Supplementary Tax

In addition to the basic rates of capital gains tax, since 1st January 2013 a supplementary rate of tax is also payable on large gains. (Article 70, troisième Loi de Finances Rectificative 2012)

There are five rates of taxation, depending on the size of the gain.

The following table shows a breakdown of the thresholds at which the supplementary tax is triggered and the rates that apply.

Amount of Gain


Greater than €50K up to €100K


Greater than €100K up to €150K


Greater than €150K up to €200K


Greater than €200K up to €250K


Greater than €250K


 Exemptions on sale of Property

There are a number of important exemptions and allowances from French capital gains tax on the sale of land and buildings.

Each on of these exemptions and allowances is considered below.

  1.  Main Residence in France
  2.  Duration of Ownership
  3.  Former Residents of France
  4.  Tenant Sale of Property
  5.  Low Value
  6.  Elderly/Disabled Persons in France
  7.  Divorce/Separation in France



Wealth Tax in France

The French wealth tax is called Impôt de solidarité sur la fortune (ISF).

There is an exemption from the tax for five years on those assets located outside of France, for those who become resident in France after 6th August 2008.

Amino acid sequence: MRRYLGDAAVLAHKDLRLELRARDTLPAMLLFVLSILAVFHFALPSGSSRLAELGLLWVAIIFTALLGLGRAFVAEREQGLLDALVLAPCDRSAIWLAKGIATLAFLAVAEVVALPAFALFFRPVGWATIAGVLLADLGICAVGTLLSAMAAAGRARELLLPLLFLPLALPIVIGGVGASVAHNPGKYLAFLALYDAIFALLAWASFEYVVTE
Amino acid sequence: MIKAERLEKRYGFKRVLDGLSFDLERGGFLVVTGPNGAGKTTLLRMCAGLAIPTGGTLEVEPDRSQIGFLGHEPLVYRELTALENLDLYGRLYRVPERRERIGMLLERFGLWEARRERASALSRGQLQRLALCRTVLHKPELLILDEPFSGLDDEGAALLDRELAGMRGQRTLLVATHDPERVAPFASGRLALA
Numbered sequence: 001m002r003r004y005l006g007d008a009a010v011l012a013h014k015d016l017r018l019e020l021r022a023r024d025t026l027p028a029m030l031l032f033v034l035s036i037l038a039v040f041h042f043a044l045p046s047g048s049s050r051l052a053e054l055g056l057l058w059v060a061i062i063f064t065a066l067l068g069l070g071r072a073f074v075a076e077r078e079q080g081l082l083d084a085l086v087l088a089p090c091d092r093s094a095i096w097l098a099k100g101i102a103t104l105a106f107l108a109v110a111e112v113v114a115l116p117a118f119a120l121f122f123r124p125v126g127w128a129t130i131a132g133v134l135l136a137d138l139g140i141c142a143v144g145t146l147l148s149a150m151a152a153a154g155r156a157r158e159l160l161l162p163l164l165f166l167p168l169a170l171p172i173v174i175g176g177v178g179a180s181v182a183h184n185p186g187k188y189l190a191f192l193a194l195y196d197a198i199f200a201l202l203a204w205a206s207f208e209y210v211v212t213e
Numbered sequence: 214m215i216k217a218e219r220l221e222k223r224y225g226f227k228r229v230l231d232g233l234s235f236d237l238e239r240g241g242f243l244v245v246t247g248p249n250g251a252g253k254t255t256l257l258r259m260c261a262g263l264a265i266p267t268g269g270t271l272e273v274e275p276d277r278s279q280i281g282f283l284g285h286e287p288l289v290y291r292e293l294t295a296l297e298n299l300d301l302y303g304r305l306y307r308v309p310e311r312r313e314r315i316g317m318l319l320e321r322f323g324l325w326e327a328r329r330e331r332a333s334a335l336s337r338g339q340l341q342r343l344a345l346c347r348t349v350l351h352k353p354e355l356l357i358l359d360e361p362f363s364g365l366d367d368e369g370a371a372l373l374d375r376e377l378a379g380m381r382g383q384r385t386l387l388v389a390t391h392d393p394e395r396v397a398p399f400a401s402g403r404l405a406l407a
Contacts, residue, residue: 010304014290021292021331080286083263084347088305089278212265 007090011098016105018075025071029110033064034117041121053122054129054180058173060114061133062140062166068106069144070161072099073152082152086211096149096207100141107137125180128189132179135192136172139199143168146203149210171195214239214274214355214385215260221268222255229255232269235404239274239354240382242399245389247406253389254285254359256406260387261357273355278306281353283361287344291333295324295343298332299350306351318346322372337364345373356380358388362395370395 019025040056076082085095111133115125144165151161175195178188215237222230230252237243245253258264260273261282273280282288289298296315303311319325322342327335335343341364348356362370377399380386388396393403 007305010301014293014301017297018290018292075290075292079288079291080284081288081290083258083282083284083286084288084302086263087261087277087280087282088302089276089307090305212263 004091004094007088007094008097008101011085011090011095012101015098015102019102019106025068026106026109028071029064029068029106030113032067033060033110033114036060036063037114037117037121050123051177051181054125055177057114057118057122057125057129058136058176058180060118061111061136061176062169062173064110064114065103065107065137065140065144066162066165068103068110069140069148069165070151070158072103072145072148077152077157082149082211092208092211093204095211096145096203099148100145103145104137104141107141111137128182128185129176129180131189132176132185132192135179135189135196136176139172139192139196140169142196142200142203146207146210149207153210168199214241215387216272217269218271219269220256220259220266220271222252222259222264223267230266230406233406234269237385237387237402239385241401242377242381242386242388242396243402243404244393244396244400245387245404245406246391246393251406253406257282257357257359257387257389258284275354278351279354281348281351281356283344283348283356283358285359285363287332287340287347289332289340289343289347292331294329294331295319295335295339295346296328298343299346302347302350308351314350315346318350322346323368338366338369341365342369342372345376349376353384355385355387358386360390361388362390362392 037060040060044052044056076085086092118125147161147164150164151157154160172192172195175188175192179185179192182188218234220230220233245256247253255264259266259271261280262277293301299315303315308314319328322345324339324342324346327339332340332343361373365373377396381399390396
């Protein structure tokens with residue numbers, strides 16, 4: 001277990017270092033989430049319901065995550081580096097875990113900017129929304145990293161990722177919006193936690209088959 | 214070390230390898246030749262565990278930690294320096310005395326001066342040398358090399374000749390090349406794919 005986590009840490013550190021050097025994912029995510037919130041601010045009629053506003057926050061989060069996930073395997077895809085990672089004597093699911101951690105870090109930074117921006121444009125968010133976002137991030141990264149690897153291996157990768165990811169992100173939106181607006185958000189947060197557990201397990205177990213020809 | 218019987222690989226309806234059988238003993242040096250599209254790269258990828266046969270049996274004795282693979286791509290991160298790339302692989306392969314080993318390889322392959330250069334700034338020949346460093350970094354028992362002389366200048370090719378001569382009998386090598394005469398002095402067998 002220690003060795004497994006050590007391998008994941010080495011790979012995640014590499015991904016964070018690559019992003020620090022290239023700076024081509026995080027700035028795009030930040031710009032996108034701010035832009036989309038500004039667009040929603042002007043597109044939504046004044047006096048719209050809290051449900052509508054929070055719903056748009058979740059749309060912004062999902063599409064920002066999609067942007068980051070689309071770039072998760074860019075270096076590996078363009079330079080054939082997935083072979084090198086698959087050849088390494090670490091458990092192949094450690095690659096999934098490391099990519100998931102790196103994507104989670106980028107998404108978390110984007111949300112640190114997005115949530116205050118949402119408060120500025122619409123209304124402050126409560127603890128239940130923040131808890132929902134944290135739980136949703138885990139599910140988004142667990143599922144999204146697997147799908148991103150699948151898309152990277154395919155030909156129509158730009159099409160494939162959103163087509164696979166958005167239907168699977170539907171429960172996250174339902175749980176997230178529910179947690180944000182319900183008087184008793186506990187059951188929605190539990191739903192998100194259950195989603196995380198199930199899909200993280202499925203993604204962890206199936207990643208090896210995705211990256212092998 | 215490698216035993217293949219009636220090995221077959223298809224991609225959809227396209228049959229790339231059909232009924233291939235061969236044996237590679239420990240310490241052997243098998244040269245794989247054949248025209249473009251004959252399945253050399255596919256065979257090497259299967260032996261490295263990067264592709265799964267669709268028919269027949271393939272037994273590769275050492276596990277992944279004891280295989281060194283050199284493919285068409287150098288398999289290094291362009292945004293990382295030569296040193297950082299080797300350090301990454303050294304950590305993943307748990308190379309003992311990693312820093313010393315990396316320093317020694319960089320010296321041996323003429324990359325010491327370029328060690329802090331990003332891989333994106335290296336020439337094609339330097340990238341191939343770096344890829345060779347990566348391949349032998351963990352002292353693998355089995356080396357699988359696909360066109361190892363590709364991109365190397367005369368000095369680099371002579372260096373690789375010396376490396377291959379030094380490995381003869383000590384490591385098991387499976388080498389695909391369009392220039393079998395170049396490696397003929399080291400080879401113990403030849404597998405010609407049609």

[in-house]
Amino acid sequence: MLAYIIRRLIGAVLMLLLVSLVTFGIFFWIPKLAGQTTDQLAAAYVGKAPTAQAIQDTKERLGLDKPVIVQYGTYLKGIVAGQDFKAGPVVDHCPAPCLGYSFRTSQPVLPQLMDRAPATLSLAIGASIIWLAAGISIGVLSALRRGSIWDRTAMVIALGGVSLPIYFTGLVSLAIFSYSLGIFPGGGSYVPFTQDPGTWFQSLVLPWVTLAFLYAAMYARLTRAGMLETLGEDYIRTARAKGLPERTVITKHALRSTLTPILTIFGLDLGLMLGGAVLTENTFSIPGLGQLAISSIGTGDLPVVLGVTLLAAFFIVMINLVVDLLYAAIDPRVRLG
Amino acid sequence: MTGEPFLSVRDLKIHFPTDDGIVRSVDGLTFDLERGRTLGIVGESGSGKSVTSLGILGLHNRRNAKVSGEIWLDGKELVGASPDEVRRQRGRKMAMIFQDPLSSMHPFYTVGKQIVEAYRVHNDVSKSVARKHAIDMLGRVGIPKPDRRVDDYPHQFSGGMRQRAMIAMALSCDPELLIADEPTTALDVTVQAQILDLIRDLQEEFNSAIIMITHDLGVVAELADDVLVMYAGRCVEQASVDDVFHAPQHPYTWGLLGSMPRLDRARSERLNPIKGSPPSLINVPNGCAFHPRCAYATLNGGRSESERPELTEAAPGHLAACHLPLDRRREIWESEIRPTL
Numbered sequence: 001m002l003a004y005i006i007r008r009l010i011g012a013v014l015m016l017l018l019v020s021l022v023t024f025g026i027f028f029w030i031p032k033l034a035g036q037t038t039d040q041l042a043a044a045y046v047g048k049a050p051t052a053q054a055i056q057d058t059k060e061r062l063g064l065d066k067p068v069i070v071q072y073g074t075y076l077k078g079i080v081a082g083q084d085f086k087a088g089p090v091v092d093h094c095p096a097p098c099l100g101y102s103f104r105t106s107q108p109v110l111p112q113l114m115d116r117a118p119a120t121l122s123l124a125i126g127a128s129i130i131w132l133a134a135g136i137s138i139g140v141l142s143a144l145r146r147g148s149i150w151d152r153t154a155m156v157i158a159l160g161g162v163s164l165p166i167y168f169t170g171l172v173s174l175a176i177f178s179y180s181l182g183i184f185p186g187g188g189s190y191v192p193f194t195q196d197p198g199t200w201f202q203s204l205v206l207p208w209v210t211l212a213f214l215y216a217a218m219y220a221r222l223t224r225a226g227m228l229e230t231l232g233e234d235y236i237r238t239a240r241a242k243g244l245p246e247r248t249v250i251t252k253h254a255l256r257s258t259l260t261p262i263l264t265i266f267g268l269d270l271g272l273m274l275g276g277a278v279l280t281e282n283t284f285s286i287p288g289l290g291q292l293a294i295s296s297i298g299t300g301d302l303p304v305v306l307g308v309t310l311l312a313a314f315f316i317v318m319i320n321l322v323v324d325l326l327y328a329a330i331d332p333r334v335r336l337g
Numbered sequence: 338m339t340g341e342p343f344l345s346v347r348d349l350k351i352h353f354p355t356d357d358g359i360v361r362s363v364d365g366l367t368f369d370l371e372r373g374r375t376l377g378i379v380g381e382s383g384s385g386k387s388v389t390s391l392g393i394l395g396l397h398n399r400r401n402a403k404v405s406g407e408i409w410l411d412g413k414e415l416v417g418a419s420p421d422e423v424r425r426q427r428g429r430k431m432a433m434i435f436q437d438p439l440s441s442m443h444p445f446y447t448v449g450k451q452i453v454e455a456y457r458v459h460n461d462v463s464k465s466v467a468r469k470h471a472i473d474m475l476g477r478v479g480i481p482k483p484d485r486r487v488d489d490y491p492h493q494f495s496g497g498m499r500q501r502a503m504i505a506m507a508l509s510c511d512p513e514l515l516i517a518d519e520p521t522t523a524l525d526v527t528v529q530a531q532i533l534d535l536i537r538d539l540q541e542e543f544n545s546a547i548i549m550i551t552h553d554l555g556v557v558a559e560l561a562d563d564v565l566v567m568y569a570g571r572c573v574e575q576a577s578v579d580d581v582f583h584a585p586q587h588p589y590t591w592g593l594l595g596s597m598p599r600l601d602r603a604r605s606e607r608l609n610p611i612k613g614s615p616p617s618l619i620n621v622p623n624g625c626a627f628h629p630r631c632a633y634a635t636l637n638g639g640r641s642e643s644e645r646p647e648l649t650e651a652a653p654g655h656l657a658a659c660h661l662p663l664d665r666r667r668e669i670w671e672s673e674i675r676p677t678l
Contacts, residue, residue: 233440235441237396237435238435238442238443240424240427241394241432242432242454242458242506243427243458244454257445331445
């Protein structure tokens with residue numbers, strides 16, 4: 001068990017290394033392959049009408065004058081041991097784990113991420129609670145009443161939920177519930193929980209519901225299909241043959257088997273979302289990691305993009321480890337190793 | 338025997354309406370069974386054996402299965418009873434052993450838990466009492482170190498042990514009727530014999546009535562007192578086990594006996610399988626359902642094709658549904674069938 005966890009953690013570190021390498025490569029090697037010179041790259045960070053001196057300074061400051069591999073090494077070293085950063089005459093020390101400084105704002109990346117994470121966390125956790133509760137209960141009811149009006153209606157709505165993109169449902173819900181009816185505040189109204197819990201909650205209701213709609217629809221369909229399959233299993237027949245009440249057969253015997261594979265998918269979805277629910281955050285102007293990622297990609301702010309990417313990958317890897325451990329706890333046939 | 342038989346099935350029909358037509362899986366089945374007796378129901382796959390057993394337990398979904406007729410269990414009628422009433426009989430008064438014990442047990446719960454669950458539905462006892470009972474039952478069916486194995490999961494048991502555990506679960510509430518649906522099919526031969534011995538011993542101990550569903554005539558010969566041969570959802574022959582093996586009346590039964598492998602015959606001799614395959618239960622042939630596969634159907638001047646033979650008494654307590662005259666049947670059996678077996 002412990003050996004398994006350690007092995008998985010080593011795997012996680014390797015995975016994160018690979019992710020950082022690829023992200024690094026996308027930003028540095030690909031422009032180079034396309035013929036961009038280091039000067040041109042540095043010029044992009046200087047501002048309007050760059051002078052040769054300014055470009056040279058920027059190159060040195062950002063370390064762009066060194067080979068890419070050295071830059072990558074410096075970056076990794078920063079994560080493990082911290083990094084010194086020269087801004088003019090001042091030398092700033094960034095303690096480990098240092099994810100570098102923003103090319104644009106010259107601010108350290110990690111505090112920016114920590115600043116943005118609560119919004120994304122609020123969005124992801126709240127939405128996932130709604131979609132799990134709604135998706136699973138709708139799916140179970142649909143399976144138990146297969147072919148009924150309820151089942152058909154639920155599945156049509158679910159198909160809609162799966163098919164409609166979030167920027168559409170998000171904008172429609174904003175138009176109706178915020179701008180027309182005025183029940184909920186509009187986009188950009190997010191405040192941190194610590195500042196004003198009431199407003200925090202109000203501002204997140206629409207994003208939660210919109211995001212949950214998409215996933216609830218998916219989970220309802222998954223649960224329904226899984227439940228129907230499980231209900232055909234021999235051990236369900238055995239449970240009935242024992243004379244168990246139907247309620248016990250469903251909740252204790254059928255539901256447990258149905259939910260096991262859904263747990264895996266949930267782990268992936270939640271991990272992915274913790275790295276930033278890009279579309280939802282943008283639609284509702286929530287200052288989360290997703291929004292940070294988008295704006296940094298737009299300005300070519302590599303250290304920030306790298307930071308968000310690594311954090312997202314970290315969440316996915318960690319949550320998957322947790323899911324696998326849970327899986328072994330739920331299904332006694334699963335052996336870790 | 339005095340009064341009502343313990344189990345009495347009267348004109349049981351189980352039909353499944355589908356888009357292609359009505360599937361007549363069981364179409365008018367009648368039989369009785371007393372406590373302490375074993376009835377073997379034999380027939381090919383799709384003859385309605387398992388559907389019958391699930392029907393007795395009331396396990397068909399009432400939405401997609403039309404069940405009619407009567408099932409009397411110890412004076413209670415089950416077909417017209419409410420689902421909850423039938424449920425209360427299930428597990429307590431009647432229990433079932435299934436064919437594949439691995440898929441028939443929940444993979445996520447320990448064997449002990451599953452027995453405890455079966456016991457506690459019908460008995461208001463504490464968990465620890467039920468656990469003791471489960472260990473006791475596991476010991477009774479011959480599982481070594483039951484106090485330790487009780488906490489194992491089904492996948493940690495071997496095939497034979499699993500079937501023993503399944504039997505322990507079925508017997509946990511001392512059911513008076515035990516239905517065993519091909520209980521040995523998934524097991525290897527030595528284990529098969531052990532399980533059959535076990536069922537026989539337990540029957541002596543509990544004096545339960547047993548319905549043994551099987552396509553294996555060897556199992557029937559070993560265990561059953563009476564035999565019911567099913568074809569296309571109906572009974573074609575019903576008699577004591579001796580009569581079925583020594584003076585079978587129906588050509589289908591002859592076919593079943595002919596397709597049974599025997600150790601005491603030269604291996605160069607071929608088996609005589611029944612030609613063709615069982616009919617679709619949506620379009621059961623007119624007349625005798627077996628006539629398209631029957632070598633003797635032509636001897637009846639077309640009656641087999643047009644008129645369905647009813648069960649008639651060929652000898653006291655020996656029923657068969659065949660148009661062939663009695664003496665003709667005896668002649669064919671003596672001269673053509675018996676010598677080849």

Thus, for the first five years of you becoming resident in France, you will only be liable for the wealth tax on those assets located within France.

After this date, the tax is payable if you have total worldwide net assets in excess of €1,300,000, a threshold that is inflation linked.

There are certain deductible allowances before the calculation of net assets, notably for certain types of debt and investments.

If you are resident in France there is also a 30% allowance against the value of your principal home. This concession does not apply to second homes and the discount does not ordinarily apply in relation to a property held through a
Société Civile Immobilière (SCI).

The applicable date for determining net assets is 1st January in the year of imposition.

Accordingly, whatever may have transpired in the household during the year is not applicable for the purposes of assessing liability to the tax, as it is based on the situation as at the beginning of the year.

The extent of your liability will depend on whether or not you are resident in France.

  • Resident - If you live in France then the whole of your worldwide net assets will be taken into consideration for the purposes of the tax.
  • Non-Resident - If you do not live in France only assets actually in France are considered.

Rates of Wealth Tax in France

The rates of taxation applicable for 2013 are shown below.

Fraction Taxable

Rate of Tax

€0 - €800,000


€800,000 - €1,300,000


€1,300,000 - €2,570,000


€2,570,000 - €5,000,000


€5,000,000 - €10,000,000




Since 2013, a wealth tax cap operates, so that total taxes should not exceed 75% of income. The calculation is complex, and although it may seem way-off for most people, in fact living off the proceeds of capital is a way of reducing potential wealth tax liability.